The basic difference between the R2A and the R3A is viewfinder magnification and the framelines shown. The R3A shows framelines for 40mm, 50mm, 75mm, and 90mm lenses at the same magnification that you see without optics. So if you leave both eyes open, the image through the viewfinder and the other eye match exactly and you can get the effect of the framelines floating in space. I love this feature, and it's the main reason I bought the R3A. With glasses, the 40mm frame may be on the edge of visibility in the finder, or perhaps just outside it. With contacts, you should be able to see the whole 40mm frameline. I can just make out the 40mm framelines with glasses that fit close to my face, but most people can't see the 40mm framelines in the R3A while wearing glasses.
The R2A viewfinder has framelines for 35mm, 50mm, 75mm, and 90mm, and magnification is 0.7 lifesize, so you get different sized views through the viewfinder and your other eye, making it hard to frame with both eyes open, and a feeling that's more constricted (like an SLR) than with both eyes open.
One other thing that will matter in making this choice is which eye is dominant. If you're left-eyed, the 1:1 finder on the R3A is no great advantage, as your right eye will be blocked by the camera body.
Neither camera has finder frames for your widest 28mm lens choice. You'll need to use an auxiliary finder for wider than 35mm. The Cosina Voigtlander wide angles shorter than 28mm are supplied with auxiliary finders. 28mm and 35mm finders, and a mini 28/35 combo finder are available separately.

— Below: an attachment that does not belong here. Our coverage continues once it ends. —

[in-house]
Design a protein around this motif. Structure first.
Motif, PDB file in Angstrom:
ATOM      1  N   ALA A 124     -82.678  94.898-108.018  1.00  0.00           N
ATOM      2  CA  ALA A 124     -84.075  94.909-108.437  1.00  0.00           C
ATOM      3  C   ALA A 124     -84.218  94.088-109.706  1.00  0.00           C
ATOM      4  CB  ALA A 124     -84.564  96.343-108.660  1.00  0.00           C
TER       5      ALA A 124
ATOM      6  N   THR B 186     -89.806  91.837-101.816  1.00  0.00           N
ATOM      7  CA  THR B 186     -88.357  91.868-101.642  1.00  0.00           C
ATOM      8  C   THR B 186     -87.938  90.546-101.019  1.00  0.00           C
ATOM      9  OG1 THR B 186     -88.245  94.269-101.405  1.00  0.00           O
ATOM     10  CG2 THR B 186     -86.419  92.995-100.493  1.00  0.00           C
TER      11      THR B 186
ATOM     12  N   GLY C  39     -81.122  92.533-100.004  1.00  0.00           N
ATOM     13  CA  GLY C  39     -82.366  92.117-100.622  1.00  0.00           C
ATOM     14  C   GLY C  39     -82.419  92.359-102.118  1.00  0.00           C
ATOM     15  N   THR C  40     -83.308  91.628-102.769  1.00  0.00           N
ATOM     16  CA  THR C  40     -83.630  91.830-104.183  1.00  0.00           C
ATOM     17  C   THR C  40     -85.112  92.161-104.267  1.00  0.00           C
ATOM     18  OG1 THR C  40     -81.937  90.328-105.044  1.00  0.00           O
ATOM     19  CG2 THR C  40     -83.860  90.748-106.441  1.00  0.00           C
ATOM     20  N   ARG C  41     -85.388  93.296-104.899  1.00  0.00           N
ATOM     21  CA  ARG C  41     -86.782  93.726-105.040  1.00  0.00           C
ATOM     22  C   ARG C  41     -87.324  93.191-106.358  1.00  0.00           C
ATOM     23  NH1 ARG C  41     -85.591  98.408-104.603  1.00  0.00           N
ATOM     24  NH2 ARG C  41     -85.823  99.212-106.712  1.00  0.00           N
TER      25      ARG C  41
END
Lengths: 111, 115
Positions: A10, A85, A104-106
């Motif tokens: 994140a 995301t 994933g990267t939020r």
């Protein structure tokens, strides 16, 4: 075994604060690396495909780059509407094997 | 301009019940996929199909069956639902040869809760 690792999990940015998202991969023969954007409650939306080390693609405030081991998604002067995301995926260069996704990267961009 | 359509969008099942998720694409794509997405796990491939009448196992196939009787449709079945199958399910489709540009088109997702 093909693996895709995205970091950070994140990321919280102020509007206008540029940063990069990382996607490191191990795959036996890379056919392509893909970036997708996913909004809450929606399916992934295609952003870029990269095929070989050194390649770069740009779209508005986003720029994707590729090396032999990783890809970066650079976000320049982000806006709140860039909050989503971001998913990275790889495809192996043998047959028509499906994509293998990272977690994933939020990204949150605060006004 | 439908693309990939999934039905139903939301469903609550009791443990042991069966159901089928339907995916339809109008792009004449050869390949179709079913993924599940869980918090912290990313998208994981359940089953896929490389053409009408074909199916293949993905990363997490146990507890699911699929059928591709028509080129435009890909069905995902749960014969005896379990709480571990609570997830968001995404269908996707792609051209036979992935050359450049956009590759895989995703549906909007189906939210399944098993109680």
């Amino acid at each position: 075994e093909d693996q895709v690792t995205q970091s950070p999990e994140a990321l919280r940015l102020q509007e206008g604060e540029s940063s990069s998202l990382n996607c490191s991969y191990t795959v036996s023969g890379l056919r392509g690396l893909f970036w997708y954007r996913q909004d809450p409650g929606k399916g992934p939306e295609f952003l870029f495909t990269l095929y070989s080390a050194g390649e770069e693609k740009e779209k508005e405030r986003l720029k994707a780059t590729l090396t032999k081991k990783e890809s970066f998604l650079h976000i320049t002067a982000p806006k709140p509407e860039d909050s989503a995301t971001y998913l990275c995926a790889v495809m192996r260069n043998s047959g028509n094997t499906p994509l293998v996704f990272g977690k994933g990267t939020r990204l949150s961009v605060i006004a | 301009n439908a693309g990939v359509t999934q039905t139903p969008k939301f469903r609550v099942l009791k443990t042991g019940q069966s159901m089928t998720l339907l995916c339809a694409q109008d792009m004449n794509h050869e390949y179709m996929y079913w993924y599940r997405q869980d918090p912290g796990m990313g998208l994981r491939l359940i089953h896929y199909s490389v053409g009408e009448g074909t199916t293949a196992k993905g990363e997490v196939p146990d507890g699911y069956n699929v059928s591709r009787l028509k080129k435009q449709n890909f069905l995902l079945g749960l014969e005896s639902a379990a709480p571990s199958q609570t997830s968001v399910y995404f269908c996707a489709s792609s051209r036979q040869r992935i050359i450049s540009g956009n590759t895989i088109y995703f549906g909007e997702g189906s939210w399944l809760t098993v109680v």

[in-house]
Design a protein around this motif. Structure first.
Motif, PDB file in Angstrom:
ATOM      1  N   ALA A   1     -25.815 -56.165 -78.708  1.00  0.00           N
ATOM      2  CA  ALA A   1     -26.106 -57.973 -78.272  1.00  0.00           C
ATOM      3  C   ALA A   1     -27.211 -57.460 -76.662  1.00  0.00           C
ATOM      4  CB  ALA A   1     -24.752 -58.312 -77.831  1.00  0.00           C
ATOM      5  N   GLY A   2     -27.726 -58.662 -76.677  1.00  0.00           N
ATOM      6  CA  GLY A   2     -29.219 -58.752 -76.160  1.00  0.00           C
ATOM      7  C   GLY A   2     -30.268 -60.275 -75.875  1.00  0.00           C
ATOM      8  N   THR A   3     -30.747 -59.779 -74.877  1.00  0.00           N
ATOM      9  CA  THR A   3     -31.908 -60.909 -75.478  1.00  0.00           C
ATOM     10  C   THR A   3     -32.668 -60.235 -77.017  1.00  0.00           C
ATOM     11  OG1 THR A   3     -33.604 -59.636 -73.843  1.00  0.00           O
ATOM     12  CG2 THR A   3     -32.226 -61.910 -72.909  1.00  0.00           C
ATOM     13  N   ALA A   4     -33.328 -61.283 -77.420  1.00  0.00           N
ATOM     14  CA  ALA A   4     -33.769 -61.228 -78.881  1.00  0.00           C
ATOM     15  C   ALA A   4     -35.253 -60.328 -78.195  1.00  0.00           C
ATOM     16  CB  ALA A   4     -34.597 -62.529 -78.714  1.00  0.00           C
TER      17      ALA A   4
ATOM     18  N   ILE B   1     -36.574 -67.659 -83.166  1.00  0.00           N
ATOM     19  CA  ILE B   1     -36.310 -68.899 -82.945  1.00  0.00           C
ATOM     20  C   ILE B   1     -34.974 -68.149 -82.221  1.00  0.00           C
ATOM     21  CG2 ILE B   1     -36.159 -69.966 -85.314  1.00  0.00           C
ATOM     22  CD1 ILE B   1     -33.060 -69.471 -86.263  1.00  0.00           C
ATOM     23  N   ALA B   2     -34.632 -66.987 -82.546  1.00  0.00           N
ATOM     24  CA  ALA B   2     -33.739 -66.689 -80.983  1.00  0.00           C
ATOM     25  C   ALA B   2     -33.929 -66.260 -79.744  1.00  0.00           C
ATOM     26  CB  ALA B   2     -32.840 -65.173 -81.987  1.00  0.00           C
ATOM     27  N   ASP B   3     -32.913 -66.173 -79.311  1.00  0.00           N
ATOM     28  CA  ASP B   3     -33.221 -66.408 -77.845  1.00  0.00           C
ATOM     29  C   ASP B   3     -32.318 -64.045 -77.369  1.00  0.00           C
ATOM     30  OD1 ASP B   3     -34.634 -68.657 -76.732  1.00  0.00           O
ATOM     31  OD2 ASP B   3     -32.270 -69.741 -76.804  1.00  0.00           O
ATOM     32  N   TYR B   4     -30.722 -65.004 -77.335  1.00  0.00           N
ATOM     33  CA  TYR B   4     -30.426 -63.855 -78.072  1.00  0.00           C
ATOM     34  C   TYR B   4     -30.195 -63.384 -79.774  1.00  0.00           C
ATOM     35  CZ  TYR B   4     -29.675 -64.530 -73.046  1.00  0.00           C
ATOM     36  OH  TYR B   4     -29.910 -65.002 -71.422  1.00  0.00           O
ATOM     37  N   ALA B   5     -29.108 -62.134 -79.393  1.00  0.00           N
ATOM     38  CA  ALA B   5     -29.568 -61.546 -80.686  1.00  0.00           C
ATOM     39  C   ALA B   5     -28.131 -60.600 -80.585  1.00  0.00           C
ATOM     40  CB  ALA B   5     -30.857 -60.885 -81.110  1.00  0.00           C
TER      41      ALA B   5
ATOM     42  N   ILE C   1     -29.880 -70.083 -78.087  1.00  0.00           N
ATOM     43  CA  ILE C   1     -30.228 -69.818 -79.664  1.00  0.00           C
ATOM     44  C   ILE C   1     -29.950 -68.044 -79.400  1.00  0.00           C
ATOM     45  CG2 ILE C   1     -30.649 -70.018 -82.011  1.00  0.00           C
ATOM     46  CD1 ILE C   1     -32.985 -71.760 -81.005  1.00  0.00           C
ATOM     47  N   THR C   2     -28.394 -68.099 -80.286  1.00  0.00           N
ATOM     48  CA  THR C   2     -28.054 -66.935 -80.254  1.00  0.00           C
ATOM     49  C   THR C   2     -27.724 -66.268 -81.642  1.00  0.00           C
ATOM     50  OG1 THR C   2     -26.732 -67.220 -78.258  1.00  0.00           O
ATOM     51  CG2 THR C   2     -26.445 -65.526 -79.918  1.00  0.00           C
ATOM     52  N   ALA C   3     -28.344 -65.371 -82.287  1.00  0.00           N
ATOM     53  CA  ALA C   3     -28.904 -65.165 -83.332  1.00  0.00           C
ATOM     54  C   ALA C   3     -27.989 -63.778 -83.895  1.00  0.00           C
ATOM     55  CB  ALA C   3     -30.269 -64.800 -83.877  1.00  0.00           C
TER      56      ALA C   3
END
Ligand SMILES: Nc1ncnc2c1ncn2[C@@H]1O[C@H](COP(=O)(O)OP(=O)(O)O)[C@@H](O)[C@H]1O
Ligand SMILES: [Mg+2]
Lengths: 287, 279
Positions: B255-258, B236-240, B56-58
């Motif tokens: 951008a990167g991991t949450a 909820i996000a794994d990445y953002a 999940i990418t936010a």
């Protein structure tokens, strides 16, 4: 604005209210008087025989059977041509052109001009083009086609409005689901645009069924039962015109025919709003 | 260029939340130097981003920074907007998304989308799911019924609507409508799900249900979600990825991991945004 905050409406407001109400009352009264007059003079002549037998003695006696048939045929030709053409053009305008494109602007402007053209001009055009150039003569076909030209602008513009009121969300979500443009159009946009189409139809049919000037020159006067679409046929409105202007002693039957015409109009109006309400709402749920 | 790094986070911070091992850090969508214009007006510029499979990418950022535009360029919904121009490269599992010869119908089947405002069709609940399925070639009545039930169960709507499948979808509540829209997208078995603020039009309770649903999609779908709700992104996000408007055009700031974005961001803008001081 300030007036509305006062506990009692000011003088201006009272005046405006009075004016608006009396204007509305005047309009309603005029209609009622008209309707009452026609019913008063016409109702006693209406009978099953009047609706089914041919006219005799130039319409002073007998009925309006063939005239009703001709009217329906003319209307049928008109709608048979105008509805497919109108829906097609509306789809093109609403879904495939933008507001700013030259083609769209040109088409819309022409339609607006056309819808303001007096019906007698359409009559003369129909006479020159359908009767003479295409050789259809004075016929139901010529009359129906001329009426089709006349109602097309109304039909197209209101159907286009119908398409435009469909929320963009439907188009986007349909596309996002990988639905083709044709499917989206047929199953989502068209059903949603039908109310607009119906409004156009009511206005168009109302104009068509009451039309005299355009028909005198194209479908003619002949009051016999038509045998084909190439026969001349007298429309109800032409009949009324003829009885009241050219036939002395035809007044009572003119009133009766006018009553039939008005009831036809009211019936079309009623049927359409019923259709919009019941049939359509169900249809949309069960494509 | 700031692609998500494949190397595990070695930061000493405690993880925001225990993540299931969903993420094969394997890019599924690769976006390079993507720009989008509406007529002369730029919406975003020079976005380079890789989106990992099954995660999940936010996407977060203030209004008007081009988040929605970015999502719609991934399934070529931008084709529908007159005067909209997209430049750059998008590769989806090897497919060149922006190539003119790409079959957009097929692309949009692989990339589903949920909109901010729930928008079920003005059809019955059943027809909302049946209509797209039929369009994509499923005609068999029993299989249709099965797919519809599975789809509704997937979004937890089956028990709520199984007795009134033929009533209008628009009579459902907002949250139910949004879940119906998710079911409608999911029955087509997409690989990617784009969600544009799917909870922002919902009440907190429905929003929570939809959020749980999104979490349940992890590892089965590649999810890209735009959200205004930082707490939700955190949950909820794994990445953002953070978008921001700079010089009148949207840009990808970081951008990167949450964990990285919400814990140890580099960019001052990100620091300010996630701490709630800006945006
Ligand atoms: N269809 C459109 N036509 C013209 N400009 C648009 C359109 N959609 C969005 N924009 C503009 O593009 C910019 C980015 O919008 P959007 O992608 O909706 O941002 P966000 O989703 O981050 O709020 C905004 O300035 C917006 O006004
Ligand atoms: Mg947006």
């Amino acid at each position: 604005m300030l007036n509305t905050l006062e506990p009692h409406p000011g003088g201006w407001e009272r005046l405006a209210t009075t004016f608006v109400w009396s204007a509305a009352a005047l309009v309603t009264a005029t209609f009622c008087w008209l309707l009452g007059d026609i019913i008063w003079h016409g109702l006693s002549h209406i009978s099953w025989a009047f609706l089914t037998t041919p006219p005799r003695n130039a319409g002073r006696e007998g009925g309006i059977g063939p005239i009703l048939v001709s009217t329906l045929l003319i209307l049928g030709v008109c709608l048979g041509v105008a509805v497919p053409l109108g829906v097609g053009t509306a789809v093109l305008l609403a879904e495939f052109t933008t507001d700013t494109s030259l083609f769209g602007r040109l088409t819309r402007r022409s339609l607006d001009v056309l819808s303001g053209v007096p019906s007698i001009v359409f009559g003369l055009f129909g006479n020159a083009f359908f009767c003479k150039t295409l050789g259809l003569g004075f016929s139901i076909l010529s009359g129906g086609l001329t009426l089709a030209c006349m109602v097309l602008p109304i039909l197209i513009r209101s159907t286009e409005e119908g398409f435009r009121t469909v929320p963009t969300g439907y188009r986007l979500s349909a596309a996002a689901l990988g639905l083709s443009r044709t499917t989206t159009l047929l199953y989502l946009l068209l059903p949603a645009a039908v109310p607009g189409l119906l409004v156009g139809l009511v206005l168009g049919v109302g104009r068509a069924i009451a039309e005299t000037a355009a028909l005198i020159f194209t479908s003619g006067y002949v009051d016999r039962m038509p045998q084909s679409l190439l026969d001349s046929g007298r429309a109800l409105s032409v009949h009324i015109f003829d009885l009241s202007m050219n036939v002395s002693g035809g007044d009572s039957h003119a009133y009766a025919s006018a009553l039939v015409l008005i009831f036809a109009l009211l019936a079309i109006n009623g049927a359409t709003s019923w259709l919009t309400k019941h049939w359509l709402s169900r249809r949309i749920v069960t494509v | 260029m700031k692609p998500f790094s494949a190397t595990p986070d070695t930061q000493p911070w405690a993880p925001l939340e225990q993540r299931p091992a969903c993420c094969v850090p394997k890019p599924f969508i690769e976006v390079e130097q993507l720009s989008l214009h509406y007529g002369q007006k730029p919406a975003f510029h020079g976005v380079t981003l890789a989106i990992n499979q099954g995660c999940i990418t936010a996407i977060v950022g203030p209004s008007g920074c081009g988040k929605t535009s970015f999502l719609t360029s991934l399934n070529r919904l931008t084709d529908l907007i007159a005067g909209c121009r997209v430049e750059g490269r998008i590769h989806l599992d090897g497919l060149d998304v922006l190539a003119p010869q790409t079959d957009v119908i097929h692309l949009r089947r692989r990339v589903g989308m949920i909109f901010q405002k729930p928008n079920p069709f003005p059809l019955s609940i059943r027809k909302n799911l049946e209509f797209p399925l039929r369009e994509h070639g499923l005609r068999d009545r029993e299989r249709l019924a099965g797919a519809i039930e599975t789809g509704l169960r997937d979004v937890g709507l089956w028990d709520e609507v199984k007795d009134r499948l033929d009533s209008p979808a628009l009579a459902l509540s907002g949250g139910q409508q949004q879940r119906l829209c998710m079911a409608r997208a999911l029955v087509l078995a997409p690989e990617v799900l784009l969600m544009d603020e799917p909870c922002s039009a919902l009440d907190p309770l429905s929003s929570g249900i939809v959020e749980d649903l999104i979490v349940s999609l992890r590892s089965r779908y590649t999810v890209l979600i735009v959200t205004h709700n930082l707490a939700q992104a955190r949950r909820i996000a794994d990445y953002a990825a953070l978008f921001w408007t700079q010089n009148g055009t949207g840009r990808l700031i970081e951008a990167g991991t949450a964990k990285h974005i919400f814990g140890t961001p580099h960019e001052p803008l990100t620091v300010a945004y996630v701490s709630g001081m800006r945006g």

The R3A and R2A are on the same chassis, with the only difference in the viewfinder magnifications and framelines. Build quality is the best in the Bessa line, perhaps a bit better than the R2, and definitely more rugged than the R and L.
Nearly all Leica mount lenses should work on the R2A and R3A. Exceptions might be some of the extremely deeply recessed wide angles, and perhaps some of the lenses with auxiliary finders (sometimes called "frog-eyes" in English) that modifiy the field of view through the Leica cameras. If the "frog eyes" are removable, such as on the dual-range Summicron, you can still use the lens without the auxiliary finder. You can mount bayonet M mount lenses directly, and Leica screw mount lenses will fit with an adapter from Leica or Cosina Voigtlander. I think Cameraquest has a list of Leica lenses that might be too close to the shutter curtain or obscure the metering cell to be used on the two cameras.
Hope this helps.